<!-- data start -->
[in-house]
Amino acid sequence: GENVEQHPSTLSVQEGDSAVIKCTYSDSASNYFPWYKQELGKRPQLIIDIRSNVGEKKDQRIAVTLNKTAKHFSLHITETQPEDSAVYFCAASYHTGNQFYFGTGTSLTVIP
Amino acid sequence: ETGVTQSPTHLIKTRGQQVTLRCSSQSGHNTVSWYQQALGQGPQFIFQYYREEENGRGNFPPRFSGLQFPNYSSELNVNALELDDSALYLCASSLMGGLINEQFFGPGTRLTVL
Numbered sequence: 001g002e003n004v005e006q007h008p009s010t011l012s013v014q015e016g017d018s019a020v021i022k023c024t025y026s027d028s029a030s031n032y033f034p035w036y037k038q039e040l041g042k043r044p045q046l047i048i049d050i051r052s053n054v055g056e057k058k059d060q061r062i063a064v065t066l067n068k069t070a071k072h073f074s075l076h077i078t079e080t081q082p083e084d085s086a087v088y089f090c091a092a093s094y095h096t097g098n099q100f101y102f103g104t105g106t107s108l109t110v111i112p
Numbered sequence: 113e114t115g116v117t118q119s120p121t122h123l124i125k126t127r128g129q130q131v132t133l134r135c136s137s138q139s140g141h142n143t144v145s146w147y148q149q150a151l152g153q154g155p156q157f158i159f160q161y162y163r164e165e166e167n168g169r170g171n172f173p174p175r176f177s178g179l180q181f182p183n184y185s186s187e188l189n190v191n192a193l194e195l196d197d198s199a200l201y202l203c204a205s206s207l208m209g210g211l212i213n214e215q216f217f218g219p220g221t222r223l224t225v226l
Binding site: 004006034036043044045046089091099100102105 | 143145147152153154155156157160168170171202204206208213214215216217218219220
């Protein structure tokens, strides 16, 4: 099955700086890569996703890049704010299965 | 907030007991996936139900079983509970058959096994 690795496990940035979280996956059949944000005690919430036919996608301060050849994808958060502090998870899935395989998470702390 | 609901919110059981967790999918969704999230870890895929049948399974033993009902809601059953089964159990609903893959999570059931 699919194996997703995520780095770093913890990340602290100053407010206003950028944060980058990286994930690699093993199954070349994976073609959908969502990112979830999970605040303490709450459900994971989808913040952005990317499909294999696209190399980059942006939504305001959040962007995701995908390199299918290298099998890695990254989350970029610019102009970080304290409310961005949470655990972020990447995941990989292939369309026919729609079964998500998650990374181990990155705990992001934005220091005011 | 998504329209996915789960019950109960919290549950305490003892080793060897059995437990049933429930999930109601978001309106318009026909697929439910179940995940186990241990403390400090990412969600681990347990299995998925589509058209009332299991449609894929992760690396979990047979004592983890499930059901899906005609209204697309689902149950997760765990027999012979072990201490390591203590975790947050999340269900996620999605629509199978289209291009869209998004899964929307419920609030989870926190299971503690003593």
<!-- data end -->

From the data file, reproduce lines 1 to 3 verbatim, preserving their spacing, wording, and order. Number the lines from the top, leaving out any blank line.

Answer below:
[in-house]
Amino acid sequence: GENVEQHPSTLSVQEGDSAVIKCTYSDSASNYFPWYKQELGKRPQLIIDIRSNVGEKKDQRIAVTLNKTAKHFSLHITETQPEDSAVYFCAASYHTGNQFYFGTGTSLTVIP
Amino acid sequence: ETGVTQSPTHLIKTRGQQVTLRCSSQSGHNTVSWYQQALGQGPQFIFQYYREEENGRGNFPPRFSGLQFPNYSSELNVNALELDDSALYLCASSLMGGLINEQFFGPGTRLTVL